Video answers critics about delay in getting water on the fire and shows that chasing kinks is everyone's job.
Earlier this week FireRescue Magazine/FirefighterNation and various bloggers ran that rescue story of the Alameda County apartment fire with rescues on video. Among the comments were some readers that quickly found fault with the engine company over a perceived delay in getting water on the fire. Not realizing that such critiques come easily from the calm of a desk and failing to take into account the whole environment, the entire helmet camera footage offers more to think about.
Staffing on Alameda County apparatus is three; Company Officer, Engineer and Firefighter. We can easily see that the first engine has laid out at the alleyway and the street; no hydrant is nearby. Expect the second arriving engine to complete the primary water supply. The Rescue Company has arrived, after returning from an earlier fire. Staffing on the scene at this time is six.
The supply line hasn't been broken yet and we can see that the first engine company officer and firefighter are faced with an obvious rescue and a progressing first floor fire.
Verbal transfer of command, followed by a sizeup and assignments via handie-talkie, the Rescue Officer is now out of the active attack equation.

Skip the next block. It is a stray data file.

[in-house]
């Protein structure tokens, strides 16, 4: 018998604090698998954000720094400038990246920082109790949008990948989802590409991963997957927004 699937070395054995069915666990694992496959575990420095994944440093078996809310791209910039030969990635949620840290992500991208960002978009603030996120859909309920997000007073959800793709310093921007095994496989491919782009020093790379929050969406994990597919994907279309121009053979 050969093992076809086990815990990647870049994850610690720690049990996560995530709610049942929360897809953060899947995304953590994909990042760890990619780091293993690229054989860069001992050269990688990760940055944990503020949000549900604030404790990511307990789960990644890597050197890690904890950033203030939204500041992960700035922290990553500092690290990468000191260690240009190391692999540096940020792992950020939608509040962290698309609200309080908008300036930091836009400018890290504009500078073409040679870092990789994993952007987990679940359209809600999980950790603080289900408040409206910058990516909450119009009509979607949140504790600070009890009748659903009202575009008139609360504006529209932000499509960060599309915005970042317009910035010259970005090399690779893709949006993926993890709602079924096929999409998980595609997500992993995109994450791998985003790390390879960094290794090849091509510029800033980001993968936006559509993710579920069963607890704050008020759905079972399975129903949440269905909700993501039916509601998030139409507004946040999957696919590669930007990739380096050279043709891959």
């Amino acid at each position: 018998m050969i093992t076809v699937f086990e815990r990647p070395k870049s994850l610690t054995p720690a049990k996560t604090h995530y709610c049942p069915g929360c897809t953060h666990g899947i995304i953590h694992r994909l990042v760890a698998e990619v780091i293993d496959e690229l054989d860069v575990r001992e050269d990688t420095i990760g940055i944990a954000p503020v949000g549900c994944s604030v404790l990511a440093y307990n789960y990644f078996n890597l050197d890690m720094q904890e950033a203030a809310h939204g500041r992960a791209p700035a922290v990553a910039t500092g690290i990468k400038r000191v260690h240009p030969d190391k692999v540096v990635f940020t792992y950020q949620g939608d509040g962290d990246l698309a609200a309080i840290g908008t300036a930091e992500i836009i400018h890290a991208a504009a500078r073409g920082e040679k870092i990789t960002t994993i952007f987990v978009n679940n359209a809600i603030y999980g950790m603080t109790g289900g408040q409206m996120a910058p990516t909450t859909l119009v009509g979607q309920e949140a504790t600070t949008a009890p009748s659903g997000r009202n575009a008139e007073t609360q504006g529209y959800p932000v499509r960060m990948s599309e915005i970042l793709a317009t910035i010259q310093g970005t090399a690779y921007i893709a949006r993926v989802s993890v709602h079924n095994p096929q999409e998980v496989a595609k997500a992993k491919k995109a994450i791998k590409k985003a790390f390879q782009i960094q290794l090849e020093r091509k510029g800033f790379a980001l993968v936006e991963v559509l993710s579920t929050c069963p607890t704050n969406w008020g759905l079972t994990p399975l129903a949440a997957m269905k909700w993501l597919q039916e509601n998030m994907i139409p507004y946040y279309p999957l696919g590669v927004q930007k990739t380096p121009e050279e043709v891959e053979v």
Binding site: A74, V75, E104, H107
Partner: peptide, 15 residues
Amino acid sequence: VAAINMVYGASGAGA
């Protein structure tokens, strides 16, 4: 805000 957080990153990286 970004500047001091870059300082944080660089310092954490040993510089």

The obvious rescue completed, the adult victim is no longer a priority to the first engine company. In the communication we hear that the second engine company is tasked with securing the water supply and stretching a second hoseline.
Vent, enter, search begins as the first hoseline is charged. For a relationship to time, almost three minutes has elapsed since start of filming.
As the firsts line goes, so goes the fire. Rescue Officer steps in and begins fixing this problem. It is easy to criticize the engine company engineer, but we don't know why this wasn't taken care of earlier. Regardless, chasing kinks is EVERYONE'S job. As you pass a hoseline, remove kinks and free the line from obstructions.
Water on the fire. Staffing on the scene is still a total of six. The second engine company has just arrived. In almost four minutes two obvious rescues are dealt with, incident command is established and assignments are given. VES is begun.
Keep in mind, when you critique videos, that you are really only seeing a small part of what transpires and you are doing this without being under stress. In my opinion, The first engine company and the rescue company accomplished quite a bit, successfully, in the first minutes.
Read more about obvious rescues and engine company sizeups below. Use the Alameda County video and have your shift consider what actions they would have taken.
Bill Carey is the daily news and blog manager for Elsevier Public Safety (FireRescue Magazine/Firefighter Nation, JEMS and LawOfficer sites.) Bill also manages the FireEMSBlogs.com network and is a former volunteer lieutenant with the Hyattsville Volunteer Fire Department in Prince George's County, Maryland.
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